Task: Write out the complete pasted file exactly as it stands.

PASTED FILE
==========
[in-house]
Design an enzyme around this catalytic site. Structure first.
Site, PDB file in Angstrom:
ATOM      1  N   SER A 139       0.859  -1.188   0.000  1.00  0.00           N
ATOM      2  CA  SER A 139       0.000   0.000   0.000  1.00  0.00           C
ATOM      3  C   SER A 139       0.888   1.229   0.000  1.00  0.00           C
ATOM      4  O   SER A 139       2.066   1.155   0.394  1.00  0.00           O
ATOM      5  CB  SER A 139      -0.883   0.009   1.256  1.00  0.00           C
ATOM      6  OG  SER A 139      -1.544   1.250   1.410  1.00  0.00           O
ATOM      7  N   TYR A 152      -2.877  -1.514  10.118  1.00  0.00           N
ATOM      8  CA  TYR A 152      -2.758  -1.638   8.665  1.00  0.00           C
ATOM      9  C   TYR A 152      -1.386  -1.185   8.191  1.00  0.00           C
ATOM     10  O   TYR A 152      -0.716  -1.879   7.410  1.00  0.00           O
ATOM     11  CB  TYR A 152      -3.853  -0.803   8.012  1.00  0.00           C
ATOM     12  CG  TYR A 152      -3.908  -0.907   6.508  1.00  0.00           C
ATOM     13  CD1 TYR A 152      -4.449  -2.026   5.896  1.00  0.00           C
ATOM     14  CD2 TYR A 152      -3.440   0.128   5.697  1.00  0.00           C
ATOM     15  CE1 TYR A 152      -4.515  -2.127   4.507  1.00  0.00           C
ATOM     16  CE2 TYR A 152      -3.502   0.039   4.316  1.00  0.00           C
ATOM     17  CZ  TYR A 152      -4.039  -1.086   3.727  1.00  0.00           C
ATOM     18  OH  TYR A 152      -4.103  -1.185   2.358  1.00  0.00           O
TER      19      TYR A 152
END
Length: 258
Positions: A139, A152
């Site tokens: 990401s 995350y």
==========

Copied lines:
[in-house]
Design an enzyme around this catalytic site. Structure first.
Site, PDB file in Angstrom:
ATOM      1  N   SER A 139       0.859  -1.188   0.000  1.00  0.00           N
ATOM      2  CA  SER A 139       0.000   0.000   0.000  1.00  0.00           C
ATOM      3  C   SER A 139       0.888   1.229   0.000  1.00  0.00           C
ATOM      4  O   SER A 139       2.066   1.155   0.394  1.00  0.00           O
ATOM      5  CB  SER A 139      -0.883   0.009   1.256  1.00  0.00           C
ATOM      6  OG  SER A 139      -1.544   1.250   1.410  1.00  0.00           O
ATOM      7  N   TYR A 152      -2.877  -1.514  10.118  1.00  0.00           N
ATOM      8  CA  TYR A 152      -2.758  -1.638   8.665  1.00  0.00           C
ATOM      9  C   TYR A 152      -1.386  -1.185   8.191  1.00  0.00           C
ATOM     10  O   TYR A 152      -0.716  -1.879   7.410  1.00  0.00           O
ATOM     11  CB  TYR A 152      -3.853  -0.803   8.012  1.00  0.00           C
ATOM     12  CG  TYR A 152      -3.908  -0.907   6.508  1.00  0.00           C
ATOM     13  CD1 TYR A 152      -4.449  -2.026   5.896  1.00  0.00           C
ATOM     14  CD2 TYR A 152      -3.440   0.128   5.697  1.00  0.00           C
ATOM     15  CE1 TYR A 152      -4.515  -2.127   4.507  1.00  0.00           C
ATOM     16  CE2 TYR A 152      -3.502   0.039   4.316  1.00  0.00           C
ATOM     17  CZ  TYR A 152      -4.039  -1.086   3.727  1.00  0.00           C
ATOM     18  OH  TYR A 152      -4.103  -1.185   2.358  1.00  0.00           O
TER      19      TYR A 152
END
Length: 258
Positions: A139, A152
């Site tokens: 990401s 995350y």